Articles written in Journal of Earth System Science
Volume 113 Issue 4 December 2004 pp 809-817
The nature and style of emplacement of Continental Flood Basalt (CFB) lava flows has been a matter of great interest as well as considerable controversy in the recent past. However, even a cursory review of published literature reveals that the Columbia River Basalt Group (CRBG) and Hawaiian volcanoes provide most of the data relevant to this topic. It is interesting to note, however, that the CRBG lava flows and their palaeotopographic control is atypical of other CFB provinces in the world. In this paper, we first present a short overview of important studies pertaining to the emplacement of flood basalt flows. We then briefly review the morphology of lava flows from the Deccan Volcanic Province (DVP) and the Columbia-Oregon Plateau flood basalts. The review underscores the existence of significant variations in lava flow morphology between different provinces, and even within the same province. It is quite likely that there were more than one way of emplacing the voluminous and extensive CFB lava flows. We argue that the establishment of general models of emplacement must be based on a comprehensive documentation of lava flow morphology from all CFB provinces.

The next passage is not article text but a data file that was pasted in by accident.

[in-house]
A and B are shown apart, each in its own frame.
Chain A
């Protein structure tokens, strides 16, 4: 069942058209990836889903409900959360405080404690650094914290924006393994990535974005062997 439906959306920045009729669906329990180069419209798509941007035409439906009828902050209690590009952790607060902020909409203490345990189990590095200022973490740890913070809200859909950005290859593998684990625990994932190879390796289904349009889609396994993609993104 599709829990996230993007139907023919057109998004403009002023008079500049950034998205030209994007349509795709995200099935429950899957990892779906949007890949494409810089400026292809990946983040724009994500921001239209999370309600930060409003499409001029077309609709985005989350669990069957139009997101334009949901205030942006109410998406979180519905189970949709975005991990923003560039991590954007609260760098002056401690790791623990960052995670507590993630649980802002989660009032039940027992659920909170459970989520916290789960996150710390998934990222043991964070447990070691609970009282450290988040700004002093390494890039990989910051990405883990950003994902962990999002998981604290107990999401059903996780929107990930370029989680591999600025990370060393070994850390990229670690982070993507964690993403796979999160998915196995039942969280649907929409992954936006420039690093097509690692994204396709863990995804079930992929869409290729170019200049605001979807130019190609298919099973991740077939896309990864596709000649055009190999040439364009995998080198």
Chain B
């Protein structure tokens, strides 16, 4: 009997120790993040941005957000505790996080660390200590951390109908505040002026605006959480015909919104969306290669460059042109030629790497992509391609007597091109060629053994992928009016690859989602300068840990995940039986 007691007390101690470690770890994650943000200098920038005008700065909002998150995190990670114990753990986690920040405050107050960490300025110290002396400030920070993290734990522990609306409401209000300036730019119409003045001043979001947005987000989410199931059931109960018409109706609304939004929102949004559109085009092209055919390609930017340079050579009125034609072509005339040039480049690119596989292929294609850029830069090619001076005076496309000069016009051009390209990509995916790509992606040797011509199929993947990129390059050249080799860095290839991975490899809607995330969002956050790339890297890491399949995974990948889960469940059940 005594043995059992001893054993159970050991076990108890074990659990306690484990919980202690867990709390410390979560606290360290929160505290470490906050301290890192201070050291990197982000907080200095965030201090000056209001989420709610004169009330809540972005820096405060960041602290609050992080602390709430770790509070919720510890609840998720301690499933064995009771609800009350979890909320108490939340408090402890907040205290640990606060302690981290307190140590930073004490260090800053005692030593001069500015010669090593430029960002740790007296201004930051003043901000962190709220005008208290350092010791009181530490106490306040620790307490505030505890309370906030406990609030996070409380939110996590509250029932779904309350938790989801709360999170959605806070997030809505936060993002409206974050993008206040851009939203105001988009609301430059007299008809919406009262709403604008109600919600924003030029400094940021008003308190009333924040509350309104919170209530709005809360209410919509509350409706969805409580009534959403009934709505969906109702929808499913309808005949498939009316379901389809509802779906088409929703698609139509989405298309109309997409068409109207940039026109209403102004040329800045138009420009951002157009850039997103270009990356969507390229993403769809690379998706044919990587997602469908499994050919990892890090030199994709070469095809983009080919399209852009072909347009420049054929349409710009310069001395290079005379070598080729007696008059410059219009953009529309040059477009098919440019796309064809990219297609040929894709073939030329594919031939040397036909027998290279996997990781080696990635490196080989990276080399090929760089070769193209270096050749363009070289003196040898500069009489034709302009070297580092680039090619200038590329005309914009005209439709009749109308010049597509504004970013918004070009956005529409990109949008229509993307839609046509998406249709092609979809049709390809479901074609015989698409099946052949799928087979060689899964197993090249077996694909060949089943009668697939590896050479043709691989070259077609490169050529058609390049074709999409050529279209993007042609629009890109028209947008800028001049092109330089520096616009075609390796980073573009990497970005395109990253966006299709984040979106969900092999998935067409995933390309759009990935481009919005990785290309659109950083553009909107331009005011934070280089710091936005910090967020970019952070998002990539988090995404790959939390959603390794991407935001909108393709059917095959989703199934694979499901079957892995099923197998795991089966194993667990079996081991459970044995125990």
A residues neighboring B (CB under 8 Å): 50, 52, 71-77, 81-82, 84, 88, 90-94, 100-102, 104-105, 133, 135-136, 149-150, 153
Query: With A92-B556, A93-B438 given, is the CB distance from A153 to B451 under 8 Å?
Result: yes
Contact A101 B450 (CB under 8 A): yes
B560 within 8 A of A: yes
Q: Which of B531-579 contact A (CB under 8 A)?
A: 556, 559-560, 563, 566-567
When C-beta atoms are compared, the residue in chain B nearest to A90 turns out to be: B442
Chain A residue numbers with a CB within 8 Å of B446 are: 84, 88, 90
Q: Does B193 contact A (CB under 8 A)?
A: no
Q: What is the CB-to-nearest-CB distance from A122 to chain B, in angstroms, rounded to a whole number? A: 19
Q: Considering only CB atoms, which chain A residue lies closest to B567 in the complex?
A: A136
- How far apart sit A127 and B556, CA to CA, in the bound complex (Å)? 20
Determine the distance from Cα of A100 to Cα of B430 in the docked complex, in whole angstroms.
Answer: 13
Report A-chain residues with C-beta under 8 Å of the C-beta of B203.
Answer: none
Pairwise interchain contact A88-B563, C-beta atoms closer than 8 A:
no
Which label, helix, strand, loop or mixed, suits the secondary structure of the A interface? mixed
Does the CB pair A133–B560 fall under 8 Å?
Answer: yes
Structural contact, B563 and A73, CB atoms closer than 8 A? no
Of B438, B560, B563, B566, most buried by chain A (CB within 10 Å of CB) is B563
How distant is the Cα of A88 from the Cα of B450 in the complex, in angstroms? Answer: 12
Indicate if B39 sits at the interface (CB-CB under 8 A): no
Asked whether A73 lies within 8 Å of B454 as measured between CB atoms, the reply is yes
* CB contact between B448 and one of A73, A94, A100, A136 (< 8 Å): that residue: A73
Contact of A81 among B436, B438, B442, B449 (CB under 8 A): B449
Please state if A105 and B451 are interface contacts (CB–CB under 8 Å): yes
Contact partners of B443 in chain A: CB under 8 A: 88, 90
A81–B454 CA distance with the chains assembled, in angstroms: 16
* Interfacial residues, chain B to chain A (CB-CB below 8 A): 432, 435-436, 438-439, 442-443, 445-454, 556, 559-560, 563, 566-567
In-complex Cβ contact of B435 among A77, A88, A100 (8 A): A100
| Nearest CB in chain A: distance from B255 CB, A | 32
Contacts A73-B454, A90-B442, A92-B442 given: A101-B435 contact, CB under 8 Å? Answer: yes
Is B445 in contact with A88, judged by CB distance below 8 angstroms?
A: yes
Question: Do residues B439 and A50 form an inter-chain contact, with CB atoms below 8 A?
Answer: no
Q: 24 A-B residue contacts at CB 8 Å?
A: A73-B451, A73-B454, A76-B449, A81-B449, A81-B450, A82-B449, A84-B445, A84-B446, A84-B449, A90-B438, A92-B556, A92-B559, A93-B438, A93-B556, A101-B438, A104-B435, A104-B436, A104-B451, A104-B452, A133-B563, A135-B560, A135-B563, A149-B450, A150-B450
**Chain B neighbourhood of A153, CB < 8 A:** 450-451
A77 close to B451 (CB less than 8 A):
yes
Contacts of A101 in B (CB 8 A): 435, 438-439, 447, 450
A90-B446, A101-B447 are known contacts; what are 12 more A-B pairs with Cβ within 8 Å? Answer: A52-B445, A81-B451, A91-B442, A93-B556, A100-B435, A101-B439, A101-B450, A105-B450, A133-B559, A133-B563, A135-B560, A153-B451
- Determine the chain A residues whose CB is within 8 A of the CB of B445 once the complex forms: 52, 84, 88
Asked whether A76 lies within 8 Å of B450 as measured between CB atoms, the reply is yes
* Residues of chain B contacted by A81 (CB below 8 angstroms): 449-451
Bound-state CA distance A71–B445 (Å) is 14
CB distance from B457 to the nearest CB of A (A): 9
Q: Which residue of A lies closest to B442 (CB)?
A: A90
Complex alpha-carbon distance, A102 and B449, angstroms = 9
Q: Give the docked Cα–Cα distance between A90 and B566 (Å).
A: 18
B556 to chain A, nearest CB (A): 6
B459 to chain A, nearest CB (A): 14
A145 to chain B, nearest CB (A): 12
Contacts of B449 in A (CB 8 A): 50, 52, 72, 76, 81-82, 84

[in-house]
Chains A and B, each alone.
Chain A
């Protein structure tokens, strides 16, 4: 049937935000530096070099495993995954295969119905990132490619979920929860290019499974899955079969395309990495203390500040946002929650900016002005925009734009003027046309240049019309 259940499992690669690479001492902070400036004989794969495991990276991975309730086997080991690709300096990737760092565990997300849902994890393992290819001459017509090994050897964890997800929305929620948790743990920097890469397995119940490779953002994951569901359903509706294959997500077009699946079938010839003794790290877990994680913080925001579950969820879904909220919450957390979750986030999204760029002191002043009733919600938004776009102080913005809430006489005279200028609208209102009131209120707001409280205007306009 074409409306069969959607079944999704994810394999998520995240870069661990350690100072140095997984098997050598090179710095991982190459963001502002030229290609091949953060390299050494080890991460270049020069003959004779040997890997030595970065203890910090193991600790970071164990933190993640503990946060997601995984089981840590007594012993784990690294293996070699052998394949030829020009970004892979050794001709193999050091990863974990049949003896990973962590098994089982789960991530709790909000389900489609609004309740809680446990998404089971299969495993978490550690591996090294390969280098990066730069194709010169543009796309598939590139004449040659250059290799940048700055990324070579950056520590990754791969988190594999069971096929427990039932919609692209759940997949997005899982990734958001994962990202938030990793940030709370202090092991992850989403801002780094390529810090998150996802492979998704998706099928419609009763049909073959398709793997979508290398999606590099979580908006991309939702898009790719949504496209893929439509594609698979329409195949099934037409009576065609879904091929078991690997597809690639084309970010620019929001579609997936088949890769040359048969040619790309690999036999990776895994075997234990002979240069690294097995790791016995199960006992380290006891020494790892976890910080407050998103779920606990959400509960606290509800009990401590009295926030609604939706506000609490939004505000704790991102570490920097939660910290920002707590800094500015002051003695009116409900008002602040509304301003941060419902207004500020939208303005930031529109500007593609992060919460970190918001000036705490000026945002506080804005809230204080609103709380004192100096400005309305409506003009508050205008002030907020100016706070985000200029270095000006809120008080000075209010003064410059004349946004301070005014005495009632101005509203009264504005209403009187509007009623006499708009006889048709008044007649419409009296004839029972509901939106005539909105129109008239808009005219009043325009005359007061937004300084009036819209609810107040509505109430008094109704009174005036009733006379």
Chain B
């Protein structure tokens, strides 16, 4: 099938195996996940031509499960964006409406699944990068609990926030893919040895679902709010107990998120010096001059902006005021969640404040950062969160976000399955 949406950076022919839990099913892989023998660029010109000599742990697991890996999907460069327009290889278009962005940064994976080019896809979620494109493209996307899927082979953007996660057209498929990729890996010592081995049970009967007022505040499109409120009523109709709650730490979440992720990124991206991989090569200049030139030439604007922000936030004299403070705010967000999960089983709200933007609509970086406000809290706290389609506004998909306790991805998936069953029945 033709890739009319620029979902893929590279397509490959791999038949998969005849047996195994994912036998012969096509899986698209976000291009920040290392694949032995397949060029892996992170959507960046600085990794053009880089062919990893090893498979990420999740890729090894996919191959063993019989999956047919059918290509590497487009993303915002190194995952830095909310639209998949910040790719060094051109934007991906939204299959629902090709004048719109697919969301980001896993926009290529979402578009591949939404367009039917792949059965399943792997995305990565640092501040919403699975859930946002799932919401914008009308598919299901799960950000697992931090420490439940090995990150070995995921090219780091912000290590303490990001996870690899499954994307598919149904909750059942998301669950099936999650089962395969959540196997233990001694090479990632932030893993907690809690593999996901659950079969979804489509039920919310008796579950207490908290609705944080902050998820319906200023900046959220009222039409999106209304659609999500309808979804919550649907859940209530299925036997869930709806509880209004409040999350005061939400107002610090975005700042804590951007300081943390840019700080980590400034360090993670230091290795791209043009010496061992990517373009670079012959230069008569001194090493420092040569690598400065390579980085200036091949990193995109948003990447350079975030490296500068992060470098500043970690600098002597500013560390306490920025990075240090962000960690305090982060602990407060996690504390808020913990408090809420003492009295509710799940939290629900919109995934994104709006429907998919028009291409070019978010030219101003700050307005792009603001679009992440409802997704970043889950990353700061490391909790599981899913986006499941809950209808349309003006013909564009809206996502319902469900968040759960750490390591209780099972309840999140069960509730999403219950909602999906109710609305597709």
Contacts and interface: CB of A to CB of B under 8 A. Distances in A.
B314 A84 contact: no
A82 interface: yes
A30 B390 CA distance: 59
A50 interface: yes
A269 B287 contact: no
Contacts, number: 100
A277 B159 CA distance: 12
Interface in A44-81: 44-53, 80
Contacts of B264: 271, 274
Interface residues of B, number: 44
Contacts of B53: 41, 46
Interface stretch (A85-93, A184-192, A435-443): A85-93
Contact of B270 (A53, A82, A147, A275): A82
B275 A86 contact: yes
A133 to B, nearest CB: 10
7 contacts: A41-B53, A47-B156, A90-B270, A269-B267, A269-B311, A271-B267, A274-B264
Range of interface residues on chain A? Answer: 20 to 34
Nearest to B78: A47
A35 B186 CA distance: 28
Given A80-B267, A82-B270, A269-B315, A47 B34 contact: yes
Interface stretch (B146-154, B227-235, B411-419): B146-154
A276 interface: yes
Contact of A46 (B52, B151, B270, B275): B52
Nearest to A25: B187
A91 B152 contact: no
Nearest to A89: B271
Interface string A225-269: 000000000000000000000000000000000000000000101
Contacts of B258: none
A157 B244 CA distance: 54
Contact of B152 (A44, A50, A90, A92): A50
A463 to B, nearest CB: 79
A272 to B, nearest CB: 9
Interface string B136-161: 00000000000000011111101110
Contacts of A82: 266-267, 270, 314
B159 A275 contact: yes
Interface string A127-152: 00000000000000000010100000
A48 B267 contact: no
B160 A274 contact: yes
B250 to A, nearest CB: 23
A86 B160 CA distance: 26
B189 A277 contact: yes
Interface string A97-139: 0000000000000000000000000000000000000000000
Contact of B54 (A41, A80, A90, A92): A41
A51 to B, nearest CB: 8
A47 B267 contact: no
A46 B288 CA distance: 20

Volume 113 Issue 4 December 2004 pp 819-829
A hummocky flow characterised by the presence of toes, lobes, tumuli and possible lava tube system is exposed near Daund, western Deccan Volcanic Province, India. The lava tube system is exposed as several exhumed outcrops and is composed of complex branching and discontinuous segments. The roof of the lava tube has collapsed but original lava tube walls and fragments of the tube roof are seen at numerous places along the tube. At some places the tube walls exhibit a single layer of lava lining, whereas, at other places it shows an additional layer characterised by smooth surface and polygonal cracks. The presence of a branching and meandering lava tube system in the Daund flow, which represents the terminal parts of Thakurwadi Formation, shows that the hummocky flow developed at a low local volumetric flow rate. This tube system developed in the thinner parts of the flow sequence; and tumuli developed in areas where the tube clogged temporarily in the sluggish flow.
Volume 129 All articles Published: 15 July 2020 Article ID 0154 Brief Communication
The crust is a vesicular layer that caps the compact core of sheet lava flows. We describe for the first time, a crust composed of multiple layers (each distinguished by a chilled glassy rind) from the Diveghat Formation in the western Deccan Volcanic Province. The multiple layers of crust developed over a single compact core of a single sheet lava flow, are shown to have been sequentially deformed in multiple phases. This is interpreted to have resulted from the endogenous emplacement of lava in successive pulses (rather than as a continuous stream) during the extrusion of the sheet lava flow. This model has several implications on the mechanism of emplacement of sheet flows in continental flood basalt provinces.
Volume 130, 2021
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